Opportunities for the deep neural network method of solving partial differential equations in the computational study of biomolecules driven through periodic geometries
MetadataShow full item record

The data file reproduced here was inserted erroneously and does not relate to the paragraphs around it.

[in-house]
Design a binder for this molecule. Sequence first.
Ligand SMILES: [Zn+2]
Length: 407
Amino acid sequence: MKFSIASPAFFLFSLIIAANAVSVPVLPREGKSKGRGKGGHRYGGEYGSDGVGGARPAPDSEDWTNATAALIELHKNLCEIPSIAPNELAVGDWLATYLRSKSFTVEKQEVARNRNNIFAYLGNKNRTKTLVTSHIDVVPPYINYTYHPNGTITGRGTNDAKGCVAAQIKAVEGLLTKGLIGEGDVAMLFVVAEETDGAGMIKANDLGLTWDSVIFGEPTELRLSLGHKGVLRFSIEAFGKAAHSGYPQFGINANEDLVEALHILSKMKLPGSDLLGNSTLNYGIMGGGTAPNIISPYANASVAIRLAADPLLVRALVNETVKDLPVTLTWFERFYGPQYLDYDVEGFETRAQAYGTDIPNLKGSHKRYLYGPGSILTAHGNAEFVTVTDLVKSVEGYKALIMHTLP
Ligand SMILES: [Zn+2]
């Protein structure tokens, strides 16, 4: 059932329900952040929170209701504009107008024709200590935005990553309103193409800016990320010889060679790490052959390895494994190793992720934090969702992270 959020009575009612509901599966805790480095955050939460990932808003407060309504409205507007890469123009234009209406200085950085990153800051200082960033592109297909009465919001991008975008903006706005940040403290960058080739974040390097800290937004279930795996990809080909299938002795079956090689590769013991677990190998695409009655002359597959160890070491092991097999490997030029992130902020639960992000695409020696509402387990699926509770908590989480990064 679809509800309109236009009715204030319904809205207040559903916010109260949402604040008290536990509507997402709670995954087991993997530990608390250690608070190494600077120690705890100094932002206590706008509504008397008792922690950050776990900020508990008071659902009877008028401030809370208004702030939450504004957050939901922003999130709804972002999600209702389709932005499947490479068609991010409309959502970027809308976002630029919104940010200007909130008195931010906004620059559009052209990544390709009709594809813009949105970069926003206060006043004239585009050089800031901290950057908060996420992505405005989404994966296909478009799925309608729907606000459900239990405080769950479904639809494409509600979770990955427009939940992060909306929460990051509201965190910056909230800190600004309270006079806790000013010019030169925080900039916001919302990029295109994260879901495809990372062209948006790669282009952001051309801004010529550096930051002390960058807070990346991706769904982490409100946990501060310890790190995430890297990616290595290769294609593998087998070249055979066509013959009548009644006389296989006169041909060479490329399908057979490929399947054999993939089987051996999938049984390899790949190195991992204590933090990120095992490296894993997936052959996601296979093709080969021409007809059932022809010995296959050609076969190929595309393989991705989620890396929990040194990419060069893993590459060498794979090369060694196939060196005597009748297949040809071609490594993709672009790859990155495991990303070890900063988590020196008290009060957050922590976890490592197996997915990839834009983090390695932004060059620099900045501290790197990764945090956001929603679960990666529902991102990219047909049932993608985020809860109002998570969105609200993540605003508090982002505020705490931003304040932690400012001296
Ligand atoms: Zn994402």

As deep learning emerged in the 2010s to become a groundbreaking technology in machine vision and natural language processing, it also ushered in many new algorithms for use in scientific research. Among these is the neural network method, in which the solution to a differential equation is approximated by varying the parameters of a deep neural network trial function. Although this idea has been explored with shallow neural networks since the 1990s, it has experienced a resurgence of interest in recent years now that it can be implemented with deep neural networks. A series of empirical and theoretical studies have acclaimed the deep variants of the neural network method for being able to solve many classes of traditionally challenging partial differential equations. These early works emphasized its potential to solve high-dimensional, highly parameterized, and nonlinear equations in arbitrary geometries, all without requiring the discretization of the geometry into a mesh. Problems exhibiting these challenging features abound in computational biophysics, and this thesis presents recent efforts to adapt the neural network method for use in this _eld. The investigations in this thesis center on models of biomolecular motion in periodic geometries. Such models arise, for example, in the study of microfluidic and nanofluidic devices used for the separation of free-draining molecules. These problems exhibit many of the characteristics for which the neural network method is appealing, and serve here as non-trivial test problems on which to characterize its performance. Perspectives from biophysics, numerical analysis, and deep learning are combined to elucidate the true potential of the neural network method as a technique for studying such differential equations. Altogether, these works have moved the neural network method closer to being another reliable numerical method in the computational biophysicist's toolkit.